Archbishop George Pell of Melbourne has appointed Very Rev Dr Anthony Fisher OP as Director of the Melbourne Campus of the Pontifical John Paul II Institute for Studies on Marriage and the Family. Fr Fisher will take up his appointment on 1 July 2000 and begin preparing for the first intake of students to the Institute, scheduled for July 2001.
The Institute is part of a relatively recent worldwide trend to establish new centres of higher education directly linked to the Holy See. In the US, there are over a dozen Apostolic Catechetical Institutes which provide qualifications to teach religion in Catholic schools. Given the current problems associated with older Catholic universities, many US bishops have been encouraging greater utilisation of these newer Institutes, with their unequivocal commitment to Catholic orthodoxy.
At the recent Australian Catholic Bishops' Conference, the following motion was proposed by the Bishops' Committee for the Family and for Life and unanimously adopted by the conference on 12 May:
"The Australian Catholic Bishops' Conference shares the Holy Father's express desire to see a branch of the Pontifical Institute for Studies on Marriage and the Family established in Australia, to serve the needs of Church and society in our region of South East Asia and Oceania. The Conference wishes to convey to the Holy Father, the Chancellor of the Lateran University and the President of the Institute its support for the proposal that the Institute be established in Melbourne in the near future."
Next year, the John Paul II Institute is to offer courses for graduate certificates, diplomas, masters' degrees and PhDs, with ecclesiastical degrees to be added later.
The recently completed purpose-built facilities at Victoria Parade, East Melbourne, close by St Patrick's Cathedral and the archdiocesan offices, which include the Catholic Theological College, the Melbourne Archdiocesan Pastoral Formation Centre and the Mannix Library, will provide space for the new Institute. There is likely to be co- operation with the nearby Melbourne campuses of Australian Catholic University, recently relocated from the suburbs to the city centre near the Cathedral.
The Melbourne Archdiocese will guarantee finance for running the Institute for the next five years with fees to be equivalent to those of similar courses in Australian universities. It is hoped some dioceses in Australia and the South East Asia-Oceania region will sponsor students for study at the Institute.
Almost 20 years ago - in 1982 - the Holy Father founded the John Paul II Institute for Studies on Marriage and Family, within the Pontifical Lateran University in Rome, as a graduate institute of theology. The Holy Father conferred juridical recognition of it with his 1982 Apostolic Constitution, Magnum Matrimonii. The Institute's goals are to "promote the basic theological and pastoral study of marriage and family for the good of the whole Church."
There are already Institute campuses in Italy, Spain, the United States, Brazil, Mexico, Benin and India, which offer postgraduate degree courses in philosophy, theology, the human sciences and pastoral care that are directed at understanding and promoting the Catholic view of the human person, marriage and family life, while being tailored to local regional needs.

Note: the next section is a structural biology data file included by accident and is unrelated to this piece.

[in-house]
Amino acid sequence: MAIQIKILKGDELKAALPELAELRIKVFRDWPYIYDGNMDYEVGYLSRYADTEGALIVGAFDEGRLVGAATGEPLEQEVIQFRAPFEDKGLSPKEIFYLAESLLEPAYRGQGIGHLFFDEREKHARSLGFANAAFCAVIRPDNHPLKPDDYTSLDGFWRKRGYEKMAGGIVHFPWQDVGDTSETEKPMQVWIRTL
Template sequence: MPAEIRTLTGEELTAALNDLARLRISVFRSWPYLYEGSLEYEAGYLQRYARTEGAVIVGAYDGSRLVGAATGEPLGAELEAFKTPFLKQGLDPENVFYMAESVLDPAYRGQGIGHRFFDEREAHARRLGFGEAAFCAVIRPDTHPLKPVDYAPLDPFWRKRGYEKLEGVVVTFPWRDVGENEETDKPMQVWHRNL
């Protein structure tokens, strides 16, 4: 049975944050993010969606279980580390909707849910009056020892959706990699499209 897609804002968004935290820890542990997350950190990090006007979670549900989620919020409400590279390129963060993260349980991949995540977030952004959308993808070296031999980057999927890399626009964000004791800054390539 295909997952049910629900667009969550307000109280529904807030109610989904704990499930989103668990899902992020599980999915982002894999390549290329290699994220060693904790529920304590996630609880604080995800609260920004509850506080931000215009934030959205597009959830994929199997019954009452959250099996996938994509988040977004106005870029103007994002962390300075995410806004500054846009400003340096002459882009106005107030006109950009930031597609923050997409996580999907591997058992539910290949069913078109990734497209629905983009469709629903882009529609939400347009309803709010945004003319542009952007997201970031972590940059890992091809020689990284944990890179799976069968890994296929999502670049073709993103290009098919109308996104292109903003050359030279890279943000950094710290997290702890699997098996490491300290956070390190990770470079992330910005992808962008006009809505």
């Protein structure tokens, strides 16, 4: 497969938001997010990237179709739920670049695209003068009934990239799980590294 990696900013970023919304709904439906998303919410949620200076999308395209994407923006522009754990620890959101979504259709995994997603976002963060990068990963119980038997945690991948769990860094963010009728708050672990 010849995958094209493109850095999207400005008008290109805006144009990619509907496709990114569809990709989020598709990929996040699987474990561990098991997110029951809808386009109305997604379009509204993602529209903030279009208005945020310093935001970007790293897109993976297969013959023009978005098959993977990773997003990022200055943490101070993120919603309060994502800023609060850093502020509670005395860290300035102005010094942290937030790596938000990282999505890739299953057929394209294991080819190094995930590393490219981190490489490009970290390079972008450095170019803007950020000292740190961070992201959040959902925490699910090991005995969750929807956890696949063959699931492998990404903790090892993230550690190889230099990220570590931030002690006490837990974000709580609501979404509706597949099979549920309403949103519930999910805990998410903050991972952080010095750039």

In February 2000, the International President of the Institute, Bishop Angelo Schola, visited various parts of Australia to investigate the feasibility of establishing a campus of the Institute in this country. It followed the Pope's strongly expressed wish in this regard to meet the vast needs of the South East Asia-Oceania region.
The Melbourne Campus of the Institute, according to Archbishop Pell, could be expected to provide "high quality education and practical training in the theology and pastoral practice of marriage and the family for laity, priests and religious." This would include people working in marriage education, marriage counselling, family welfare, family planning, pro-life areas, Catholic school counselling, health care and welfare agencies, and parishes.
Overseas, many Institute graduates - especially in the US - are to be found in major leadership positions throughout the Church and society. The Institute, says Archbishop Pell, has also served as "a magnet for visiting international lecturers and distinguished guest speakers." And professors at the Washington DC campus have "already expressed a willingness to run some intensive courses for students in Australia" and be available to lecture elsewhere in the country at the invitation of local bishops.
Australia is fortunate in this regard that the Institute has had almost 20 years to prove itself at its overseas campuses, as well as develop a pool of highly qualified, orthodox lecturing personnel.
The newly appointed Director of the Melbourne Campus of the Institute, Fr Fisher, aged 40, is well- equipped for his important role. He is Episcopal Vicar for Health Care for the Archdiocese of Melbourne, Master of Students at the Dominican House of Studies in East Camberwell, and a qualified solicitor and bioethicist, with degrees in history, law, philosophy and theology. In 1995 he graduated as Doctor of Philosophy from Oxford University.